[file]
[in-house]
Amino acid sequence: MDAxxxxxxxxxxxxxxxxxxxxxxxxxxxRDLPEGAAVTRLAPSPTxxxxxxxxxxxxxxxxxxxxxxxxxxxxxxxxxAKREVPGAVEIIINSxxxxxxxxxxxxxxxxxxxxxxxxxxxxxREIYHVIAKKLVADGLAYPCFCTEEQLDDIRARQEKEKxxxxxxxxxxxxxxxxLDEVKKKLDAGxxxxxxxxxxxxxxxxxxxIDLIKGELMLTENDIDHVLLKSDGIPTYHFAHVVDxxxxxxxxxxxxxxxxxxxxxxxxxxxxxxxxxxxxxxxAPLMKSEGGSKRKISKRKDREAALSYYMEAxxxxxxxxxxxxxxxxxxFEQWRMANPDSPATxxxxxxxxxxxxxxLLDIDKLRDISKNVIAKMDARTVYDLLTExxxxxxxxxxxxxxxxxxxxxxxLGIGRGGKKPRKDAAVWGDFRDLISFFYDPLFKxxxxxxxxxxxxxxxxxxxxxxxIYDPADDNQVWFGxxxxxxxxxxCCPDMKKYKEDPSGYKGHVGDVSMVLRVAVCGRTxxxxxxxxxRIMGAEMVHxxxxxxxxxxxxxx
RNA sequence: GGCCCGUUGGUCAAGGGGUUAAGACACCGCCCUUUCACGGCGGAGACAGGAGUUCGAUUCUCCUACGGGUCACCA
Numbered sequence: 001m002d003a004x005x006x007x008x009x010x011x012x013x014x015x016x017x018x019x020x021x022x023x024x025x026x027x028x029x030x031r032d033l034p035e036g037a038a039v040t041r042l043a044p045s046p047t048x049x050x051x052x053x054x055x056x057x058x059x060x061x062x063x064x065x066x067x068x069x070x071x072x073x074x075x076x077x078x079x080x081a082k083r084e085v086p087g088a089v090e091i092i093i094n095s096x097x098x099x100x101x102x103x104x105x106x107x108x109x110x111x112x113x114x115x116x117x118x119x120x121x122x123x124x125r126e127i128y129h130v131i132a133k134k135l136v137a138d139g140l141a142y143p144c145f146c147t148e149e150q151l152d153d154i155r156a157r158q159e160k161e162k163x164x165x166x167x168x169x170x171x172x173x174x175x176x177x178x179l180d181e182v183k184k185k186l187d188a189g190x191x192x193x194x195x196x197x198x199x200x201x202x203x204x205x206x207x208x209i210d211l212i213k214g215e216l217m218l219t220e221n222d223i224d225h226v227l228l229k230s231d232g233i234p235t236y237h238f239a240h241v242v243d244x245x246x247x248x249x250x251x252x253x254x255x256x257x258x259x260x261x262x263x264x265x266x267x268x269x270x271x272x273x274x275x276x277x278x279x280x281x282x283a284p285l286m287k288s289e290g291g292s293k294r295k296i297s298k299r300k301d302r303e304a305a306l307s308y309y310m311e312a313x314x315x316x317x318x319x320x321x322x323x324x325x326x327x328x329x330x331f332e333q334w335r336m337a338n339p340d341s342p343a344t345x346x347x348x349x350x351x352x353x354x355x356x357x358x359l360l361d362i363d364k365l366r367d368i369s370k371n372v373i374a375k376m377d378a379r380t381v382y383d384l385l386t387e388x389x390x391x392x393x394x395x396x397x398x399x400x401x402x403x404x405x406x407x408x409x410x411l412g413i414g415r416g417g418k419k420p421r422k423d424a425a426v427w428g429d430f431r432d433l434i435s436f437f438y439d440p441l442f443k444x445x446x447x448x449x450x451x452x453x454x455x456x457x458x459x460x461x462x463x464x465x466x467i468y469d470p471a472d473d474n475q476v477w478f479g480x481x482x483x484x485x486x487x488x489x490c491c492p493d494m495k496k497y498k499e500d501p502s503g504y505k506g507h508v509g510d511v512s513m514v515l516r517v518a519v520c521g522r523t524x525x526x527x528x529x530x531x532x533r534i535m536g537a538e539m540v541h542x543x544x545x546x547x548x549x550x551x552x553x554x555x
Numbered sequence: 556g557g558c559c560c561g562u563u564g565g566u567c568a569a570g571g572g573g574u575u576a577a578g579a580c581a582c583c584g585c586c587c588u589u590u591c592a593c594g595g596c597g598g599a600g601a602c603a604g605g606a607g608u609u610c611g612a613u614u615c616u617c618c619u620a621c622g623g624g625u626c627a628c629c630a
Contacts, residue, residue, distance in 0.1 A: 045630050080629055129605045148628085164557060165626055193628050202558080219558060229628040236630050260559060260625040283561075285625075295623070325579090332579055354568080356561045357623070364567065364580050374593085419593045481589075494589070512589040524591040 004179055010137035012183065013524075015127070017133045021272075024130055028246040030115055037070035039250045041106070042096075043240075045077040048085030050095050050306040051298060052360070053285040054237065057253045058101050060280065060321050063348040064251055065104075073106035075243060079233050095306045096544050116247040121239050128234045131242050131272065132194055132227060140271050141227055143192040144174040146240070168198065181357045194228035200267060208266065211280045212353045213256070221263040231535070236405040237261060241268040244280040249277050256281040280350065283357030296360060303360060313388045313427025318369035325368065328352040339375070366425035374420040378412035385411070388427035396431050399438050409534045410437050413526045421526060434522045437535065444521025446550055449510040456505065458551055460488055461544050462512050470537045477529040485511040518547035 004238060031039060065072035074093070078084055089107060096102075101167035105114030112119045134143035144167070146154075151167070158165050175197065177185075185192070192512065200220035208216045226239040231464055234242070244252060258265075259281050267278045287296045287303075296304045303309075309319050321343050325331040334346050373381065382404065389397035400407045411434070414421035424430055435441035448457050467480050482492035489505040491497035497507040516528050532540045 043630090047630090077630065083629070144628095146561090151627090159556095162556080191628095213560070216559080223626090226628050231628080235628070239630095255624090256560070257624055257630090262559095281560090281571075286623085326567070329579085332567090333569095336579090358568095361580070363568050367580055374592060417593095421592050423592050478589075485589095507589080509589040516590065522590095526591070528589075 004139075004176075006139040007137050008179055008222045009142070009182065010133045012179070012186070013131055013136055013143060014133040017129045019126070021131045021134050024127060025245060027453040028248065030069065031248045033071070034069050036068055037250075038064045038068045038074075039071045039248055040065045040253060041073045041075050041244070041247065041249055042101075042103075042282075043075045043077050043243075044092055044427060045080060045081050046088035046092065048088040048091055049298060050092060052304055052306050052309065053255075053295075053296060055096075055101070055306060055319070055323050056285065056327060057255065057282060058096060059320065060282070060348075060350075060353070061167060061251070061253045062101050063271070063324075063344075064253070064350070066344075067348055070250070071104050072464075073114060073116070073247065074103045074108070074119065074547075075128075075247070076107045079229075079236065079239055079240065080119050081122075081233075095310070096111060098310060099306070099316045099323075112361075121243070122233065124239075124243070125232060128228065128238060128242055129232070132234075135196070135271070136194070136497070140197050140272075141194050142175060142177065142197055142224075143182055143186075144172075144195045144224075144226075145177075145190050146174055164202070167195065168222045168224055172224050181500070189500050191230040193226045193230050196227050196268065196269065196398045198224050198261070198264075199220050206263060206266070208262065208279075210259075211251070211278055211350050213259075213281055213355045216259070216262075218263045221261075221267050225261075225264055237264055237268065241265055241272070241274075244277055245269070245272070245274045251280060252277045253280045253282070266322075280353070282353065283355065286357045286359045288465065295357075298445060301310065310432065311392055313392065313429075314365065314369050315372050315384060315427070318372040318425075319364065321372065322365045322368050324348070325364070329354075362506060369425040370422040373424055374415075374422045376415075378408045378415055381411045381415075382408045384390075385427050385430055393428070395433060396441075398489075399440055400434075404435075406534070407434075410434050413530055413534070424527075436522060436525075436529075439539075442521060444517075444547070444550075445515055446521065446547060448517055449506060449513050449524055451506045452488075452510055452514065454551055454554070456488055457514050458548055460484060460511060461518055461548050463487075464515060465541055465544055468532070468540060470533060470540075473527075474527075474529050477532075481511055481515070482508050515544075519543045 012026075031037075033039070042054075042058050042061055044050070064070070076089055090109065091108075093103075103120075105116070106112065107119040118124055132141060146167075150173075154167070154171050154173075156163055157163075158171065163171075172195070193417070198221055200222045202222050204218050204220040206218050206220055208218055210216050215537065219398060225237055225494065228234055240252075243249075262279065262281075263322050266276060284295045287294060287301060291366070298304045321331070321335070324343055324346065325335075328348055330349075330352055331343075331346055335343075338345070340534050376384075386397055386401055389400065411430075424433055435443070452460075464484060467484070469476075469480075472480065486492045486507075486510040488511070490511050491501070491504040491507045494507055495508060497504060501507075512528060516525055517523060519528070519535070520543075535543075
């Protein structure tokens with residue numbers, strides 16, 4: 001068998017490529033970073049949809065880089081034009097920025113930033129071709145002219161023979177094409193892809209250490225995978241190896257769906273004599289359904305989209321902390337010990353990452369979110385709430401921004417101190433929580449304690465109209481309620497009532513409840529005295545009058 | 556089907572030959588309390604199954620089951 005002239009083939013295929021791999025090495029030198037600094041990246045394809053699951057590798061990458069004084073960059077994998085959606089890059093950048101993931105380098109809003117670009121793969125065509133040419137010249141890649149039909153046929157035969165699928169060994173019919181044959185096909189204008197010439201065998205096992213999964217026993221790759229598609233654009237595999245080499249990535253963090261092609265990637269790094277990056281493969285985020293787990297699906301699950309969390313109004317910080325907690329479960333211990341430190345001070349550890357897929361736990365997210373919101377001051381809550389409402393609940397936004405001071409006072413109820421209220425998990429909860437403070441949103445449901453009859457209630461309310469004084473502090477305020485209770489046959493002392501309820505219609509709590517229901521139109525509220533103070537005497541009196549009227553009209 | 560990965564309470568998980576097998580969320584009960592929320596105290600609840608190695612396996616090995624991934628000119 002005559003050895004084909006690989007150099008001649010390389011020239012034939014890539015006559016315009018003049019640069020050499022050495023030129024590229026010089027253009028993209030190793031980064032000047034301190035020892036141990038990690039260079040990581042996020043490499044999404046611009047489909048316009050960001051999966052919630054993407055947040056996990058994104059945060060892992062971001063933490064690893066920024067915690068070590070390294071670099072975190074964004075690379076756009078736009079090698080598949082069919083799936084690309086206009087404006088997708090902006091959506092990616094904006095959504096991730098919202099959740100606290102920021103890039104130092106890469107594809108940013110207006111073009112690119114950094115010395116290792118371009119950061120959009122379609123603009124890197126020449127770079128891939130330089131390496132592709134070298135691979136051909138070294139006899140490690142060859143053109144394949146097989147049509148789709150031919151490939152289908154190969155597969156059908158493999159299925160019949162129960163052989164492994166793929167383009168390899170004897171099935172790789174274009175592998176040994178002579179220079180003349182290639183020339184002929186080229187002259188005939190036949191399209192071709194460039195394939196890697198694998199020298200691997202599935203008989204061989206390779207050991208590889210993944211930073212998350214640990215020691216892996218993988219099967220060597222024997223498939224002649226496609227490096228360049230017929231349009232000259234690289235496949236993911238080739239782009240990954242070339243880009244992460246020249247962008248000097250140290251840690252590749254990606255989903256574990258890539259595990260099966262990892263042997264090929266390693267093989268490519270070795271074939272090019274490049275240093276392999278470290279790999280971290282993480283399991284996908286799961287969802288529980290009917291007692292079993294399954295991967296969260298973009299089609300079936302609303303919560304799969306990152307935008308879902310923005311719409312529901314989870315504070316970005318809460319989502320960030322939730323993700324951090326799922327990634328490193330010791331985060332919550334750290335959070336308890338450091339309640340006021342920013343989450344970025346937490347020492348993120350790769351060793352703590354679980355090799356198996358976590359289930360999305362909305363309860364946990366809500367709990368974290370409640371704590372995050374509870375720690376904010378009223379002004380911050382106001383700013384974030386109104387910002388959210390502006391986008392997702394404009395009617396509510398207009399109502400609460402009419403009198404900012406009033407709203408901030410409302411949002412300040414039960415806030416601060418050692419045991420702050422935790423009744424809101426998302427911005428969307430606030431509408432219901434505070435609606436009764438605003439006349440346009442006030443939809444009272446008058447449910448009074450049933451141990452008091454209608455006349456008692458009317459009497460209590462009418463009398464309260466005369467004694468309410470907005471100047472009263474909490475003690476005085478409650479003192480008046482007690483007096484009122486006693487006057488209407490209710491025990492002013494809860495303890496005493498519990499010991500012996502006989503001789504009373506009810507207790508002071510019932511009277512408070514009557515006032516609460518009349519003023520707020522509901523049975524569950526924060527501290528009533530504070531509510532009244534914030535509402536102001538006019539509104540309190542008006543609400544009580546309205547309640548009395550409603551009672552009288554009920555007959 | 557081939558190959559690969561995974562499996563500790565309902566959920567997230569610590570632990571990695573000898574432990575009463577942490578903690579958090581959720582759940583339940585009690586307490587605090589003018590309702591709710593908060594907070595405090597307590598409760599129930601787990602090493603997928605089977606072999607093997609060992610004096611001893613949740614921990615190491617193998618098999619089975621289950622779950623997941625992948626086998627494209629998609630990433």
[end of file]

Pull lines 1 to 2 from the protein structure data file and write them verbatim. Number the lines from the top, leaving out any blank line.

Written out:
[in-house]
Amino acid sequence: MDAxxxxxxxxxxxxxxxxxxxxxxxxxxxRDLPEGAAVTRLAPSPTxxxxxxxxxxxxxxxxxxxxxxxxxxxxxxxxxAKREVPGAVEIIINSxxxxxxxxxxxxxxxxxxxxxxxxxxxxxREIYHVIAKKLVADGLAYPCFCTEEQLDDIRARQEKEKxxxxxxxxxxxxxxxxLDEVKKKLDAGxxxxxxxxxxxxxxxxxxxIDLIKGELMLTENDIDHVLLKSDGIPTYHFAHVVDxxxxxxxxxxxxxxxxxxxxxxxxxxxxxxxxxxxxxxxAPLMKSEGGSKRKISKRKDREAALSYYMEAxxxxxxxxxxxxxxxxxxFEQWRMANPDSPATxxxxxxxxxxxxxxLLDIDKLRDISKNVIAKMDARTVYDLLTExxxxxxxxxxxxxxxxxxxxxxxLGIGRGGKKPRKDAAVWGDFRDLISFFYDPLFKxxxxxxxxxxxxxxxxxxxxxxxIYDPADDNQVWFGxxxxxxxxxxCCPDMKKYKEDPSGYKGHVGDVSMVLRVAVCGRTxxxxxxxxxRIMGAEMVHxxxxxxxxxxxxxx